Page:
healthcarelab

During last week’s debate, the Donald Trump dropped a doozy pertaining to the stock market when he said it’s in a “big, fat, ugly bubble.”

We’ll know if it’s a bubble if and when it pops, but we know this much now: stocks have been at historic highs for some time. The S&P 500 Index set a record high last month of 2190.15 and has held close to that point since. And the index’s new record is 41% beyond pre-recession peak of 1549.38, set in October of 2007.

With stocks booming barely a month before election day, the $64,000 question: Which sectors can we expect to do well in the event of a Trump victory in just over a month?

The biggest and clearest winner in the event of a Trump win will be the healthcare sector, says Jay Gyrta, a Portfolio Manager at Einbender Capital.

“If [Democratic presidential candidate Hillary] Clinton wins, she’s not really going to touch healthcare,” he said.

Not touching an industry that’s struggled since the passing of the Affordable Care Act probably doesn’t bode well for investors in the sector. A recent study by the Robert Wood Johnson Foundation found that healthcare spending since the law passed in 2010 has fallen short of expectations—$2.9 trillion short.

Sluggish growth in the industry has had some consequences that could spell uncertainty for the law’s ongoing viability.

As of March, the ACA was responsible for insuring about 20 million people, according to the U.S. Department of Health and Human Services.

NASDAQ’s IXHC index, which tracks healthcare stocks, has been volatile since the ACA went into effect. The index rose consistently since early 2012, at one point in the summer of 2015 outperforming the S&P 500 by a factor of three to one.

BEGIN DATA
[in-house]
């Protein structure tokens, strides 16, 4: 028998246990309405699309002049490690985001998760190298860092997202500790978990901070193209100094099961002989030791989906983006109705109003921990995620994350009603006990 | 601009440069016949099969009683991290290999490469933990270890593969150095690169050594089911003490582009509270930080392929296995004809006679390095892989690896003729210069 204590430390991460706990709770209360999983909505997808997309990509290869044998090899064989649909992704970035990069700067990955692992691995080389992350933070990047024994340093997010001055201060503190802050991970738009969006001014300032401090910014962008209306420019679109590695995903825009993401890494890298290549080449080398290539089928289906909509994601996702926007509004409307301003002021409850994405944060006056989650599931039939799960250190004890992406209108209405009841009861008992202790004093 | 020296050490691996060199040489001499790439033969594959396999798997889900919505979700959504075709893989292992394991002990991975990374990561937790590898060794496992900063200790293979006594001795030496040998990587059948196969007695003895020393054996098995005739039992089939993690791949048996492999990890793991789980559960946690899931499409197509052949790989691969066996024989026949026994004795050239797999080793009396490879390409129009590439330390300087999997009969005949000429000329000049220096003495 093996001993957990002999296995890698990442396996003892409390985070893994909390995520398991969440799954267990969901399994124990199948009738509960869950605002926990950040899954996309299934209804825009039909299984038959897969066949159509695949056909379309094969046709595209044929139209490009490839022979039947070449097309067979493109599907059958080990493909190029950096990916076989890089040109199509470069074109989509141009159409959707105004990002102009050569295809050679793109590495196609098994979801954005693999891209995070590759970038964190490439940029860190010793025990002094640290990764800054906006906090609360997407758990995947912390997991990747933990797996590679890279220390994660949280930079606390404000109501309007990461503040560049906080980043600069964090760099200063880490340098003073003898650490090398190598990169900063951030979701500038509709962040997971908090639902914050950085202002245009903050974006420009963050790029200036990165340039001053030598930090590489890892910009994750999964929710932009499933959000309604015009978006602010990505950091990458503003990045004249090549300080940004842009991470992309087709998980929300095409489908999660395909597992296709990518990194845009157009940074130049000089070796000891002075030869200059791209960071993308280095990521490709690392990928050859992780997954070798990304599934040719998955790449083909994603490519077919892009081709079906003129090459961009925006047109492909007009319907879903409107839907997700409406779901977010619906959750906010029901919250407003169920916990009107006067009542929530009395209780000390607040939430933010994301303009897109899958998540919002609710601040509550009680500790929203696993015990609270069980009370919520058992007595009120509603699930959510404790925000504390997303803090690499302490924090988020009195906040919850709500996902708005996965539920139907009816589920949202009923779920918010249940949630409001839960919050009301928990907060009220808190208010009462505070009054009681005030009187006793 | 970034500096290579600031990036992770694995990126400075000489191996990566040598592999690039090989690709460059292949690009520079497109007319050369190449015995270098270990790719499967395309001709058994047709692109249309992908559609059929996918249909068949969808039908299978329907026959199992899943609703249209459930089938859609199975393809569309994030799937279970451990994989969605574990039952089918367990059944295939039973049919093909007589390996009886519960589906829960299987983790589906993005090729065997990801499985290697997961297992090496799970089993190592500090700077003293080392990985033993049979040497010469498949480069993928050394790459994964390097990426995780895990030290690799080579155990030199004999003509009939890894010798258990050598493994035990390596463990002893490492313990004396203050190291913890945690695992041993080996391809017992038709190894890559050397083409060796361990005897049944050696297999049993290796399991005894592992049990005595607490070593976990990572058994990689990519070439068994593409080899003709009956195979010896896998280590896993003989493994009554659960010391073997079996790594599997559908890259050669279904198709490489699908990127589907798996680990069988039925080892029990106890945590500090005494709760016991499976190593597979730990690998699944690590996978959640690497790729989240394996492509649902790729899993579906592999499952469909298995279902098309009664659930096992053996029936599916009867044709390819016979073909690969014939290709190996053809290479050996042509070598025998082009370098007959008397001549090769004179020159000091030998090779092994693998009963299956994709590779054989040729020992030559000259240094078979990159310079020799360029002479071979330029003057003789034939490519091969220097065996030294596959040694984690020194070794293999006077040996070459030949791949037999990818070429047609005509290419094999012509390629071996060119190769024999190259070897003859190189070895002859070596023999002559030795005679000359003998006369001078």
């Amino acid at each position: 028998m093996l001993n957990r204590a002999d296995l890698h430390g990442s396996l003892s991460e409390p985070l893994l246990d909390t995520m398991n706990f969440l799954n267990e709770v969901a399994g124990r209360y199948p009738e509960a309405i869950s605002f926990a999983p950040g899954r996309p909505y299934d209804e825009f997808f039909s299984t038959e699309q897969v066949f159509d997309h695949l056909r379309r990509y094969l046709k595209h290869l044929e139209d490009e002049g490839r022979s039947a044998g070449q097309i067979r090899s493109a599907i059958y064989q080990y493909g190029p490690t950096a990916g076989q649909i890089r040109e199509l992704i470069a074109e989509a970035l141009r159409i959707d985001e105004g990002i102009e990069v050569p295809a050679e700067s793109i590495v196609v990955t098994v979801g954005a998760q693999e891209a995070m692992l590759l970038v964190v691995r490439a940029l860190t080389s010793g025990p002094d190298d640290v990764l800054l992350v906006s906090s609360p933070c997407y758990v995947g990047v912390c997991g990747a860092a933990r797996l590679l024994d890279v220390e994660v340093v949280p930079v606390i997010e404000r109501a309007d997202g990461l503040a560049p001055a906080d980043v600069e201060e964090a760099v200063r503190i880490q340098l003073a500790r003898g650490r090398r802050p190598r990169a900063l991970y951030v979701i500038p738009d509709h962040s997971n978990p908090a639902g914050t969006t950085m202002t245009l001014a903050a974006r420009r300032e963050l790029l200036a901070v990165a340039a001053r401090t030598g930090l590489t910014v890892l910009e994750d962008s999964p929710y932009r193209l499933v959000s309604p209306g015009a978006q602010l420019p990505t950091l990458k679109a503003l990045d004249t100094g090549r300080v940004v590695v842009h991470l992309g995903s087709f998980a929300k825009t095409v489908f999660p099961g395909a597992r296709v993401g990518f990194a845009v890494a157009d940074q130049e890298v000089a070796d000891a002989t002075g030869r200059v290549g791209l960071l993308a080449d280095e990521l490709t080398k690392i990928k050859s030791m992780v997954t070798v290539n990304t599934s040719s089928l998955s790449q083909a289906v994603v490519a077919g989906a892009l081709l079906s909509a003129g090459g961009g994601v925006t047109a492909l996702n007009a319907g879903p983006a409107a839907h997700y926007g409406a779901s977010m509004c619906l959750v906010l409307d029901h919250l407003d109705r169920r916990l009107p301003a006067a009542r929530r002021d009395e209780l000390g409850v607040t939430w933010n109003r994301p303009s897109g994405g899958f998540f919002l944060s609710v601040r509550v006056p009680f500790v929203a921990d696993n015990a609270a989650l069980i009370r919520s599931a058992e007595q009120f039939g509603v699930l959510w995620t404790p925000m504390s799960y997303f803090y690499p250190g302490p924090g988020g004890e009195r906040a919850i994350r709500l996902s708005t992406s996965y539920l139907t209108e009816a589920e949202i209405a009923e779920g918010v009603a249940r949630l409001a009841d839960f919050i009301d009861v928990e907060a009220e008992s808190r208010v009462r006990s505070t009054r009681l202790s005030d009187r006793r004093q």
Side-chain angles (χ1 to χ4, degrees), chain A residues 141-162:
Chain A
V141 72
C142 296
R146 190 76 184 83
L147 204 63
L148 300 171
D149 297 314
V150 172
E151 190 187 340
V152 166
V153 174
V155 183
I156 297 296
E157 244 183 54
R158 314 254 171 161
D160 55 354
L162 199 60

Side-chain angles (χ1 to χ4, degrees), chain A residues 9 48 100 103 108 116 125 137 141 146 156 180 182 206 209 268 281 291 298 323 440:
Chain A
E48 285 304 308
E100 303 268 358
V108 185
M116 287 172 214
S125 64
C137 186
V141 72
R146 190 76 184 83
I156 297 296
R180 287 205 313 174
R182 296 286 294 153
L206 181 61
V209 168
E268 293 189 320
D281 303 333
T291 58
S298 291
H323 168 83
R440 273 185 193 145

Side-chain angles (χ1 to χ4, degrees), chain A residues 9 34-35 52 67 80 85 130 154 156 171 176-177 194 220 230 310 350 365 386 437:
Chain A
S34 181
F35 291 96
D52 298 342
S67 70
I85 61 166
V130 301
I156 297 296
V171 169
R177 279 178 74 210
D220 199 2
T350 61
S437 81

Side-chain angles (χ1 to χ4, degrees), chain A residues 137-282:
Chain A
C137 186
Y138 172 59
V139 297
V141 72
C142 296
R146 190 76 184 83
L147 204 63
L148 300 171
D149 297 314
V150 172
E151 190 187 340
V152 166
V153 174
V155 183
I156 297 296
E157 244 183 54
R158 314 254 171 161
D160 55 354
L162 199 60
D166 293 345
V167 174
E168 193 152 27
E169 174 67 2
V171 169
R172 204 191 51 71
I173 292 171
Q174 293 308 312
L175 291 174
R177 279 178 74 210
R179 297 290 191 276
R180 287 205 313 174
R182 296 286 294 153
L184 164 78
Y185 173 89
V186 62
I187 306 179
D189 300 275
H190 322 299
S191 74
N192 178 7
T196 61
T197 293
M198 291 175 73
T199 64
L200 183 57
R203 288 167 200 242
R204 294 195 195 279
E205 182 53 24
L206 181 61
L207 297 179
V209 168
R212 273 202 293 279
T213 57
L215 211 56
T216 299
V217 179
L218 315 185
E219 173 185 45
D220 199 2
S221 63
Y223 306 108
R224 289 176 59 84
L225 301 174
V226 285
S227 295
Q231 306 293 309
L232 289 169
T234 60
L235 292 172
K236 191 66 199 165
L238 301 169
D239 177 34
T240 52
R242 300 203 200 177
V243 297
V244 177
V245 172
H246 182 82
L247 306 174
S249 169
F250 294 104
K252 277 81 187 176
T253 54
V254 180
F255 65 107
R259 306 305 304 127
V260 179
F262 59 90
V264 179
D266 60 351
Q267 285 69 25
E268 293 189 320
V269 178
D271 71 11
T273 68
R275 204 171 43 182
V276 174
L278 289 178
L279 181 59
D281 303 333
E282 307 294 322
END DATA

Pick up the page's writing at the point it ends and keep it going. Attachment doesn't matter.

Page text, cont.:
But the program hasn’t proved it can allow insurers to make a profit. McKinsey and Co, a health management consulting firm, said that last year, 70 percent of insurers lost money by selling insurance the the law.

Share prices started to catch onto that reality by midsummer 2015, when the IXHC took a dive in which its stocks went from bringing their investors a 229.78% return, down to just 125.03% by February of this year.

Healthcare hare prices have stabilized, but when the folks who pay all the other folks across the whole industry (insurers) aren’t making money, it’s fair to wonder weather trouble looms.

In what could be among the first signs of serious trouble for the future of the legislation, this August Aetna said it would stop selling insurance through exchanges mandated by the law in most states. The health insurance giant with a $40 billion market capitalization is the third major insurer this year to opt out of some of the exchanges, joining UnitedHealth Group and Humana.

In the short term, moves like Aetna’s haven’t resulted in big moves in stock prices. The company’s stock gained a modest 1.6% in the three days following the August announcement, peaking at $121.04, and dropping only slightly since.

Big moves also largely eluded the IXHC since Aetna’s pullout. Since then, it’s held fairly steady since Aetna announced its pullout from the exchanges and has been largely free of big one-day jolts in recent quarters. The index lost less than one percent of its value since August 15th, when Aetna made its announcement.

So why can we expect healthcare stocks to do better under Trump? There’s one big reason.

Trump has vowed to repeal the Affordable Care Act—widely regarded as President Obama’s signature legislative achievement, as well as a proven barrier to profits in many corners of the healthcare industry.

Sound far-fetched? Consider that 247 Congressional seats out of a total of 435 are held by Republicans—that’s the largest majority the party has held since 1928. Suddenly, Trump’s chances of successfully overturning the law don’t look too bad if he wins next month.

And while most polls show Clinton leading by several percentage points, a poll released Sunday by Bloomberg had Trump and Clinton in a dead heat, and another by the Los Angeles Times and the University of Southern California had Clinton trailing by five percentage points.

Investors aren’t just looking to the potential upside that could go with a Trump victory.

Recent bad press directed at the industry will likely mean that a Clinton victory could result in some clamping down early in a Clinton administration, Gyrta said.

“Some of the biotech companies have a lot of attention on them, like Mylan after it increased the price of EpiPen,” he said. “I think under Clinton the real expensive drugs may get more heavily regulated, especially during her first 100 days in office. She’s going to want to come in making a statement.”